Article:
“In this you greatly rejoice, though now for a little while, if need be, you have been grieved by various trials.”
In this you greatly rejoice
“In this” — the living hope (vv. 3-5) produces present joy. The joy of the believer rests in God’s grace. Joy is independent of circumstances because the Christian life transcends circumstances. The Christian has an eternal future. He will never lose this joy no matter what comes his way. True joy comes from eternal possessions. Peter rejoices in his possession in Christ Jesus.
“Rejoice” means to experience a state of great joy and gladness. The term often expresses exceeding verbal joy, to exult, rejoice greatly. It conveys the idea of jubilant exultation, spiritual gladness.
This joy often carries the idea of being overjoyed. In Mary’s song, she says, “My soul rejoices greatly because of God my Savior” (Lk 1:47). The Lord Jesus commanded His disciples to “be exceeding glad” (Mt 5:12). The Philippian jailor “rejoiced greatly” (Acts 16:34) after he came to Christ.
“Rejoice is mainly used to mean exulting in God’s acts (Rev. 19:7). We can anticipate exalting joy here and now by faith (Mt. 5:12). We will exalt with joy at the return of Christ (1 Pet. 4:13; Jude 24). Christ shares this joy (Heb. 1:9; Lk 10:21).
Most people experience grief and joy consecutively. It is one or the other, not both. If they experience joy, they cannot endure trial. If they endure trial they cannot experience joy. Using a differing Greek word for joy, a godly Christian can have both trials and joy simultaneously:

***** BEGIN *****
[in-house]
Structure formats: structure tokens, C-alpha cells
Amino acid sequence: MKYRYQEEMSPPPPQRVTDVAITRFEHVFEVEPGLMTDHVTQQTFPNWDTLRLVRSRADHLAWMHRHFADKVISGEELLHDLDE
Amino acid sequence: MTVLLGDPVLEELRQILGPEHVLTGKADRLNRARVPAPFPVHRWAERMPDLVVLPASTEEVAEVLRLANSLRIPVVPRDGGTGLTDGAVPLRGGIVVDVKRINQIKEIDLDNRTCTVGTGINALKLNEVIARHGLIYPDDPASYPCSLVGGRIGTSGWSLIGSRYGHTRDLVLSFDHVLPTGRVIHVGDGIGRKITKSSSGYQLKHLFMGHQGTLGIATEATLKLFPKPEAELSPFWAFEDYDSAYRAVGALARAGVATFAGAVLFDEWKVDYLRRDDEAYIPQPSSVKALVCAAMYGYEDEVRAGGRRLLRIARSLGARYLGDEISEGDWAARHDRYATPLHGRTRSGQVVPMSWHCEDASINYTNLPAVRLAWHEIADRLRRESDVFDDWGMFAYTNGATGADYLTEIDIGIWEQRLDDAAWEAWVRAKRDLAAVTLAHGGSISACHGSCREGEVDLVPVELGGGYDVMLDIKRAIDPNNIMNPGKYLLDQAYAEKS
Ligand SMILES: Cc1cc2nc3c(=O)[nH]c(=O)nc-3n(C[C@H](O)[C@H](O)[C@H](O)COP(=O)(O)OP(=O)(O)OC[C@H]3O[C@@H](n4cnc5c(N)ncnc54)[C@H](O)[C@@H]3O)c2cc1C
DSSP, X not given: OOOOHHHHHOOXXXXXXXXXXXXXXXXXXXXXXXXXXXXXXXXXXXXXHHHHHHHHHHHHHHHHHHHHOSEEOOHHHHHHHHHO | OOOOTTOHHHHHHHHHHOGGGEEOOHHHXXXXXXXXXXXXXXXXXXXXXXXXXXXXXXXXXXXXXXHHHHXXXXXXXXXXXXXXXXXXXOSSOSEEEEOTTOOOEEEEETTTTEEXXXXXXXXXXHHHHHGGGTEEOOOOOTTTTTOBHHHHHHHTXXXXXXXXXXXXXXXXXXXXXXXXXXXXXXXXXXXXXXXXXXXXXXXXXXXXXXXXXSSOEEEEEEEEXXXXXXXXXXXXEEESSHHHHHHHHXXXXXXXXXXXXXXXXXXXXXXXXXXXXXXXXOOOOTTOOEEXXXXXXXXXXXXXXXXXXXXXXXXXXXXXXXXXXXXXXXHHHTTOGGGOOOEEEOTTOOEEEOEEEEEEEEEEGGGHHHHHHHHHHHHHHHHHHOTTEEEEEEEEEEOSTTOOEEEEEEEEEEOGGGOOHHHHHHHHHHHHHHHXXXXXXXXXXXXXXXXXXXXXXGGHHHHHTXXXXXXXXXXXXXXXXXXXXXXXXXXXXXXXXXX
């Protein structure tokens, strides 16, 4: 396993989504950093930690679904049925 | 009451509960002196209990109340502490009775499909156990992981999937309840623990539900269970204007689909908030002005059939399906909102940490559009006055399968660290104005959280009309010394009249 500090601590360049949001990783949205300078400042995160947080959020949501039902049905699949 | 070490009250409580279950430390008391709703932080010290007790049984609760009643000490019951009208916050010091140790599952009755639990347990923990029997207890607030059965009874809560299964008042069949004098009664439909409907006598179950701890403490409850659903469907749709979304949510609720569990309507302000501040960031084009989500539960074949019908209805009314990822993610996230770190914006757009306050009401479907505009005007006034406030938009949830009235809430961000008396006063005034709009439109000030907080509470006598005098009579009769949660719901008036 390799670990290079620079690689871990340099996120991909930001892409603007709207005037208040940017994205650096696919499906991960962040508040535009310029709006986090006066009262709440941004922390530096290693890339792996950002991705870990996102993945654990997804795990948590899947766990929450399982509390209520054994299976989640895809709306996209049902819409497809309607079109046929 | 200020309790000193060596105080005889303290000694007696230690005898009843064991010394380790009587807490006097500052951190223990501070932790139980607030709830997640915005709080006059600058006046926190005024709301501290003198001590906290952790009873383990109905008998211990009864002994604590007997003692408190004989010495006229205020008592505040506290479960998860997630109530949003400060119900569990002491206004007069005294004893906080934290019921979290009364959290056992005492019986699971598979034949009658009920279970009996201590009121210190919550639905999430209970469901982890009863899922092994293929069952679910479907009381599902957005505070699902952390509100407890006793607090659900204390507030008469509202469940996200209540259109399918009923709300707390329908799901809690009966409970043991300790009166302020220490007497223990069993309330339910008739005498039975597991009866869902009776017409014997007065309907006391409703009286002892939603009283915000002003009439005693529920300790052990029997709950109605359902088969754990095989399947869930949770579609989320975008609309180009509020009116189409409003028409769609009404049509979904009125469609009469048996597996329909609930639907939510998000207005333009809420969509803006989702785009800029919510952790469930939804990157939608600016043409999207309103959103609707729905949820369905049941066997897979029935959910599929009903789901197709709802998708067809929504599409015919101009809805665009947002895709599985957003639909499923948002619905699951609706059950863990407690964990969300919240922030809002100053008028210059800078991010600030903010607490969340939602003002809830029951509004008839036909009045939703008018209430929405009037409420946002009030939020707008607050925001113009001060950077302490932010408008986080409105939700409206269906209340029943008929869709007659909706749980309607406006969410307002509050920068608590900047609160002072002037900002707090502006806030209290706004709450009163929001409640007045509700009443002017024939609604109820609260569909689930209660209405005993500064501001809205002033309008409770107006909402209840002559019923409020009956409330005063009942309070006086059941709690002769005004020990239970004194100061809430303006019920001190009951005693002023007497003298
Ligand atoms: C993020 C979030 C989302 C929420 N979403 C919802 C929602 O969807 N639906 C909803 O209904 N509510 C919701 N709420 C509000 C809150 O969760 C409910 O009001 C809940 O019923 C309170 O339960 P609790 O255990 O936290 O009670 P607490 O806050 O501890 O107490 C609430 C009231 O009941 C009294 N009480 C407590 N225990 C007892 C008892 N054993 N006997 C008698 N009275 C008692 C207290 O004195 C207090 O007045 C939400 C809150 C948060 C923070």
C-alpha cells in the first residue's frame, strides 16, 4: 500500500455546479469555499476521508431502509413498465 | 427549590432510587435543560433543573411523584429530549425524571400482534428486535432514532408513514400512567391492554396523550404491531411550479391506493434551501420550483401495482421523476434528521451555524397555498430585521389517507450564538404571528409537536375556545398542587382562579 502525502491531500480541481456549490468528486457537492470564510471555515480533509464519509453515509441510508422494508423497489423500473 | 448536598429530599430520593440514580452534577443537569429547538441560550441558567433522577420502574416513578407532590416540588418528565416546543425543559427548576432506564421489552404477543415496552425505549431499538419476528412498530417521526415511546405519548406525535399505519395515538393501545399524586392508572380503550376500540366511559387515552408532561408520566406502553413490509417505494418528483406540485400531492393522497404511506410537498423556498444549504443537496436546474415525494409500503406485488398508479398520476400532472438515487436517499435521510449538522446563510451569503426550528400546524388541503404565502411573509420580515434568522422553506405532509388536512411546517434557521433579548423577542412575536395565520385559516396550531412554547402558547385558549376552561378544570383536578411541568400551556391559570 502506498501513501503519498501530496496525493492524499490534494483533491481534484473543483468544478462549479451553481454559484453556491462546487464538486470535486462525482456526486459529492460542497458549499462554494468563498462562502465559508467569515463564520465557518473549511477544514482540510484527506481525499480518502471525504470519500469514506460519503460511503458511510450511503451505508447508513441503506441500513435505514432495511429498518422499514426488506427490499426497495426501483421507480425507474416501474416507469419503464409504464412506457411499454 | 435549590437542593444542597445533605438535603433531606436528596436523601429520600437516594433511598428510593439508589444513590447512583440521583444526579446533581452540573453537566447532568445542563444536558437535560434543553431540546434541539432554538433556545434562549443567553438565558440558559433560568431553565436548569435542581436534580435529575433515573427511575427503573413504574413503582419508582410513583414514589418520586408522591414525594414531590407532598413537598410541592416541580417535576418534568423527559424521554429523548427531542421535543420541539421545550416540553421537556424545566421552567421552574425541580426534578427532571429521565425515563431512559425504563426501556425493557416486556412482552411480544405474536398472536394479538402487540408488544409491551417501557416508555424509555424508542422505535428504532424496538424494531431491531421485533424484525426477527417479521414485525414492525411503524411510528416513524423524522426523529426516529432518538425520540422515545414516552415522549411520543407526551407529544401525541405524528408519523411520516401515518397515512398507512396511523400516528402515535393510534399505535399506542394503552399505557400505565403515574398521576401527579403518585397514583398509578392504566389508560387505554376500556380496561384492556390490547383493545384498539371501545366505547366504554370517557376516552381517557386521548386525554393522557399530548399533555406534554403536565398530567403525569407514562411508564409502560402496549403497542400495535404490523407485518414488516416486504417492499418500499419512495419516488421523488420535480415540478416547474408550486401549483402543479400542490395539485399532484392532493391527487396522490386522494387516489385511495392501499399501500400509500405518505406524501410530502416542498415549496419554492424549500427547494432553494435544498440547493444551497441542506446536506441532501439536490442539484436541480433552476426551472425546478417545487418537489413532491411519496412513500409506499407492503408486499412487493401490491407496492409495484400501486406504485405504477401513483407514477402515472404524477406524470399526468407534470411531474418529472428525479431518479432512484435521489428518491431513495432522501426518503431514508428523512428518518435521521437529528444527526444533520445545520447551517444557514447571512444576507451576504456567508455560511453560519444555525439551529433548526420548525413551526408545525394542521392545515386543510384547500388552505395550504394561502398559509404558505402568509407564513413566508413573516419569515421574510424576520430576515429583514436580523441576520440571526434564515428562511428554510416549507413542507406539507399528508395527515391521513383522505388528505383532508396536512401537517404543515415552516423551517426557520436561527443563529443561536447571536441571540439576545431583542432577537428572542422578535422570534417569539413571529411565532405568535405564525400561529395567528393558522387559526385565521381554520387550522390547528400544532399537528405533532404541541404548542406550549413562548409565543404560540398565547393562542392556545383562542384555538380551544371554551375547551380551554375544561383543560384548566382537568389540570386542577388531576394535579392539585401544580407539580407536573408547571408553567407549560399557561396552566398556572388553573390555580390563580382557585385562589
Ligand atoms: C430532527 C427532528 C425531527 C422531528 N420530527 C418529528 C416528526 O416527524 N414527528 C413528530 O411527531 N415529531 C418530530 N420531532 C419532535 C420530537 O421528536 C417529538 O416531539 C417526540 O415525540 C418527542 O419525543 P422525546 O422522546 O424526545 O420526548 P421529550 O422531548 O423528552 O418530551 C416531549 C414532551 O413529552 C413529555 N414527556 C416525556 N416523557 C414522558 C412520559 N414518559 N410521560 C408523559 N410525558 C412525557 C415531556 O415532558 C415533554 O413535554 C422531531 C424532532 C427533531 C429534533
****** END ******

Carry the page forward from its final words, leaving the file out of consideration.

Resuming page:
“…I am exceedingly joyful in all my tribulation” (2 Cor. 7:4)
“…in a great trial of affliction the abundance of their joy” (2 Cor. 8:1,2).
“…longsuffering with joyfulness” (Col. 1:11).
“…in much affliction, with joy of the Holy Spirit” (1 Thes 1:6)
The Christian can rejoice in the midst of suffering.
We all feel our problems are unique. Many people experience the very same problem but they face it with a different attitude. It is possible to have joy and grief at the same time. What a blessed attitude to have toward pain!
It is possible to stand at the fresh grave of a Christian with a sense of joy.
When we lose the joy of our salvation, we also lose the thrill of the Christian life. Without the thrill, the enjoyment of our salvation grows dimmer as the years go by. That is what makes a nominal Christian.
Nothing stirs a nominal Christian. They have heard it all. They know it all. Their favorite hymn is “I shall not be moved!” They deem themselves spiritually sophisticated yet they are not burdened for anyone. Compassion rolls off them like water off a duck’s back.
We forget what the Lord did for us at salvation. Do you remember your life before Christ? Have you lost the luster you first had when you received Christ?
Are you out of harmony with heaven? Have you stepped out of fellowship with the Lord? At one time did you lead the pack? Stage a spiritual come-back.
God’s design is not that suffering hurt us but that it blesses us with joy. God can take any trial and turn it into a blessing. There is no catastrophe too great for God. We will never face any suffering that is too great for us to bear or is too great for the plan of God.